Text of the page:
GCS offers computing allocations to scientists and researchers performing ground-breaking research projects dealing with complex, demanding simulations that require world-leading supercomputing resources. Several allocation programs are available.
GCS systems are available to national scientists and researchers from academia and industry through several different allocation programs. Researchers at German Universities and publicly funded research institutions are eligible to apply. Additionally, European researchers can access GCS resources through the Partnership for Advance Computing in Europe. Below, current and prospective users can find information on how to access GCS resources, including guidelines, important dates, and user obligations after receiving time on GCS resources.
Large-scale projects are characterised by projects that require a large amount of computing time over longer periods of time. In detail, projects are classified as “Large-Scale” if they require 2% of the systems’ annual production in terms of estimated availability. This requirement can be translated into different values. For the supercomputers Hawk and SuperMUC-NG we give the requirement in terms of core-hours. Thus, the projects’ minimal requirements should be at least 100 Mcore-h for Hawk or 45 Mcore-h on SuperMUC-NG. Please note that the architecture and sustainable performance of a core of each system may differ widely and that the “core-hours” of the systems are not comparable or interchangeable.
JUWELS consists of two different modules with different hardware architectures. Thus, the minimal computing time requirements for GCS-LS projects cannot be coherently specified by use of core-hours but EFLOP is used instead. The projects’ minimal requirements summed over all requested modules should be at least 45,000 EFLOP per year for JUWELS. EFLOP refer to the theoretical peak performance. Further information can be found under 5. in the fact sheet for JUWELS.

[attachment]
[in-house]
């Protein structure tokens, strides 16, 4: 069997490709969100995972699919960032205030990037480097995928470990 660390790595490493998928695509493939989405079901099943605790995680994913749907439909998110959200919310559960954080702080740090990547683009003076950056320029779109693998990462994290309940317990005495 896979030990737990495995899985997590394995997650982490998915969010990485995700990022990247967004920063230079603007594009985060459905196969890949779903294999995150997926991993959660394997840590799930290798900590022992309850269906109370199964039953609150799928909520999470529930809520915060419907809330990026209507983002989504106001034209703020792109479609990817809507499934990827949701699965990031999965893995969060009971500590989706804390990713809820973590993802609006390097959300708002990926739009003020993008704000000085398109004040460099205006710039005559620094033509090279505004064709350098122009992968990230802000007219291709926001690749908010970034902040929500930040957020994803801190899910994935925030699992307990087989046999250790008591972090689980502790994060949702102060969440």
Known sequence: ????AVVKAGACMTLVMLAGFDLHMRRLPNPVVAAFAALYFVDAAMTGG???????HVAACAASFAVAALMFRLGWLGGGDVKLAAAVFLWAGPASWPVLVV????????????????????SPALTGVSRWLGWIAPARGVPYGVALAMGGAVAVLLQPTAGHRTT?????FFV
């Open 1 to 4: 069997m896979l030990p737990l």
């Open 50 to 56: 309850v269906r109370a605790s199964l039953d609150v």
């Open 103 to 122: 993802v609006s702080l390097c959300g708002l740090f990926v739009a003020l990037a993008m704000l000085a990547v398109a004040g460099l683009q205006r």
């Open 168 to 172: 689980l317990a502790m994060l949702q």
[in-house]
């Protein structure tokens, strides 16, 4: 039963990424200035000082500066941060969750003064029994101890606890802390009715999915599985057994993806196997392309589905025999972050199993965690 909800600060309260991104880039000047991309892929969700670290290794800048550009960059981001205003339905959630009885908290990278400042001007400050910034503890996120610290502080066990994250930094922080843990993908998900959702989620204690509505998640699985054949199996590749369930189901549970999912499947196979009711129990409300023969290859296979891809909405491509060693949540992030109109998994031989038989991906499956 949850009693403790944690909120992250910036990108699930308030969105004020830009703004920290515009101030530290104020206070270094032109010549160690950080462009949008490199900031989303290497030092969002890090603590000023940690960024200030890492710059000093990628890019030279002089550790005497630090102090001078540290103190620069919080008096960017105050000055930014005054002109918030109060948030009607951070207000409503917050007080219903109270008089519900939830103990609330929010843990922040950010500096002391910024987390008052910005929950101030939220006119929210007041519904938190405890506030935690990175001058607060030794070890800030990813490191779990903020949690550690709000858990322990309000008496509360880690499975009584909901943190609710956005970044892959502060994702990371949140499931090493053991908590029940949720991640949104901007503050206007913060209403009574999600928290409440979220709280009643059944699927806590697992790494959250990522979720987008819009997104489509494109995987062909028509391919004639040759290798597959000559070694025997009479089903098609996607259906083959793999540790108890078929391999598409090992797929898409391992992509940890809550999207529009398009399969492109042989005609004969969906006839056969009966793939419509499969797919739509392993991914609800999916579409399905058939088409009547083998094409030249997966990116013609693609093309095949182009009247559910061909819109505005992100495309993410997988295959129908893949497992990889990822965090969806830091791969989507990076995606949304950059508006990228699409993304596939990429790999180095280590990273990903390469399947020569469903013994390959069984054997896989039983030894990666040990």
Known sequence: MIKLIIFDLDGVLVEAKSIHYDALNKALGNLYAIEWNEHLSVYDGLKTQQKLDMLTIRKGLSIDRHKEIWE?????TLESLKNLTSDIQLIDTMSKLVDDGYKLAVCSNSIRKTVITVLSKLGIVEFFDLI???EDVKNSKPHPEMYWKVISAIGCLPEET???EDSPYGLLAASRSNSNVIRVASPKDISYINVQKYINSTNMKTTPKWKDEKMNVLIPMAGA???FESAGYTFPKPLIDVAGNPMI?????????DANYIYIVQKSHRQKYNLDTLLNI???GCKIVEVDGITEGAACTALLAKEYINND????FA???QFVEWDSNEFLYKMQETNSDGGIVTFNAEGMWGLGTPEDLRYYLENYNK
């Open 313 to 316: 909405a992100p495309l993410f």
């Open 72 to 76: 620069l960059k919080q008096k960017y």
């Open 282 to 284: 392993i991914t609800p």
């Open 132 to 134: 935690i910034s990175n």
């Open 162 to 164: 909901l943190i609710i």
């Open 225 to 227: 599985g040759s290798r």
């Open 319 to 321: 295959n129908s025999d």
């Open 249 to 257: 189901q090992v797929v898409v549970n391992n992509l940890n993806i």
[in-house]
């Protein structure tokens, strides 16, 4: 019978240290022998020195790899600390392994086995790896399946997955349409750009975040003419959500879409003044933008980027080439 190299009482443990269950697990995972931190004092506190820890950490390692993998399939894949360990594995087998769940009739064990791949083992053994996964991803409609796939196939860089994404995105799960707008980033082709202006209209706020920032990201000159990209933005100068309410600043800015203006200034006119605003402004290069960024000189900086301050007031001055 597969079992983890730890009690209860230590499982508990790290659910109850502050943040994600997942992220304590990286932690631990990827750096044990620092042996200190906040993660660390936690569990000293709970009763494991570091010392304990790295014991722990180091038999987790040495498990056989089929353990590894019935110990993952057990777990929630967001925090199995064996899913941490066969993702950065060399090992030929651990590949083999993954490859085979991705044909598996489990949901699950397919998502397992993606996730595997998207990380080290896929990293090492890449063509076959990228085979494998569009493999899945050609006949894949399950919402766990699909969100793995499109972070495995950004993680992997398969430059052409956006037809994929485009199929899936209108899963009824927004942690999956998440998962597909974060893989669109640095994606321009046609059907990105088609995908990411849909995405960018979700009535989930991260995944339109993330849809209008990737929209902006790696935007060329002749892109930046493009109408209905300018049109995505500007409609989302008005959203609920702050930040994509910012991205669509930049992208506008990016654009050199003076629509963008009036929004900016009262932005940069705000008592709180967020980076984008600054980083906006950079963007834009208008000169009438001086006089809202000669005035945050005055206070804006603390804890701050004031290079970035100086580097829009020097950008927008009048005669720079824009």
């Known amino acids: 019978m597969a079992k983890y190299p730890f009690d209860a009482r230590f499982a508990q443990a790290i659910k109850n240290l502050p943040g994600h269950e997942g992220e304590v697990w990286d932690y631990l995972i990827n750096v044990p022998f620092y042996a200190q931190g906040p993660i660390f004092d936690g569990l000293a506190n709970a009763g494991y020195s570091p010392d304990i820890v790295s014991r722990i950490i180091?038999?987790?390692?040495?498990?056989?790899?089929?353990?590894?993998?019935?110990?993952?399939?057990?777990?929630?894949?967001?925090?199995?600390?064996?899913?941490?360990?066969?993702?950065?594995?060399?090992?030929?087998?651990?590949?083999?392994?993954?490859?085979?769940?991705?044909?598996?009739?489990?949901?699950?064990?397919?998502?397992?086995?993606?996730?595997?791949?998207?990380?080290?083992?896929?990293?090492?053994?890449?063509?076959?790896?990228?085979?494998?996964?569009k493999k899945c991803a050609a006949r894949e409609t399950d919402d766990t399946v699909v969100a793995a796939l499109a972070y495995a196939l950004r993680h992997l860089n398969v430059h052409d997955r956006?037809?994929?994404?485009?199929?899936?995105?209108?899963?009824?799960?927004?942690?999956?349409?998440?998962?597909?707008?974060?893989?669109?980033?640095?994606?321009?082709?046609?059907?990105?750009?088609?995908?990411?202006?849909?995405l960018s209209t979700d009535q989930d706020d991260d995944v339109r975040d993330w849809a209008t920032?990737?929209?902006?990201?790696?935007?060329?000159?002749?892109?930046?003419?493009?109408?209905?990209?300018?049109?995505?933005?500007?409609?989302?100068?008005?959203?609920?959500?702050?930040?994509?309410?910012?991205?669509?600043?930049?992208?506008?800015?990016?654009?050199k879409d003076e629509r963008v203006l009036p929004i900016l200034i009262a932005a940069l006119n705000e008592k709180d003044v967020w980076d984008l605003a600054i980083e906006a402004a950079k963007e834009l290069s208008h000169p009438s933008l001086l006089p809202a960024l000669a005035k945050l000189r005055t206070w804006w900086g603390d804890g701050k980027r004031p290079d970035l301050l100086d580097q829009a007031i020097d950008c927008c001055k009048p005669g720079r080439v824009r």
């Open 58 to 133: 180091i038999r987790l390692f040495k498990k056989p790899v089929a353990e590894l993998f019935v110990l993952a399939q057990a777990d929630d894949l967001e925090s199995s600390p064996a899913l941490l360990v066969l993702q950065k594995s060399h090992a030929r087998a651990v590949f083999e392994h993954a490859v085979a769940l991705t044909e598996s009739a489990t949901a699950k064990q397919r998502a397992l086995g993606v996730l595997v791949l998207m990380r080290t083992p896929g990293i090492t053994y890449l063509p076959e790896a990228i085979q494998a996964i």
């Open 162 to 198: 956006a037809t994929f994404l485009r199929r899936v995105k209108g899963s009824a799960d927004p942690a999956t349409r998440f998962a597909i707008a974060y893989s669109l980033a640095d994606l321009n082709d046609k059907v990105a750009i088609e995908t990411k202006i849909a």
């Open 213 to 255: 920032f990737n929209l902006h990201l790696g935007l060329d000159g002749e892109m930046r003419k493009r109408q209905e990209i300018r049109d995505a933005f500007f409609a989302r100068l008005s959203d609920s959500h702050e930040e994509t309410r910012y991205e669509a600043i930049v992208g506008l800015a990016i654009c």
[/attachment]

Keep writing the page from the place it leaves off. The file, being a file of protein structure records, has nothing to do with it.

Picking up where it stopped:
Large-scale projects go through a competitive review and resource allocation process established by the GCS. A "Call for Large-Scale Projects" is published by the Gauss Centre twice a year. Deadlines for calls are usually at the end of winter and at the end of summer of each year. An overview of the approved GCS large-scale projects is available here.
Projects which do not fall into the category “large scale” are called GCS regular projects. The peer-review process is implemented at the national level, carried out by the steering committees or allocation committees of the three GCS centres HLRS, JSC, and LRZ, respectively.
Applications for GCS regular projects on Hawk and SuperMUC-NG may be submitted at any time (so-called rolling calls), applications for GCS regular projects on JUWELS may be submitted twice a year at the same time as GCS large-scale projects.
GCS is one of the hosting members of the Partnership for Advanced Computing in Europe (PRACE), with all three GCS supercomputers listed as a Tier-0 resource at PRACE. GCS systems are thus also available to scientists and researchers residing in Europe. Computing time allocations are dispersed based on scientific criteria through independent reviewers in a peer-review process on the European level through PRACE. To apply for computing time, European scientists are invited to answer the PRACE calls for projects. For further information and for details on how to apply, please click here.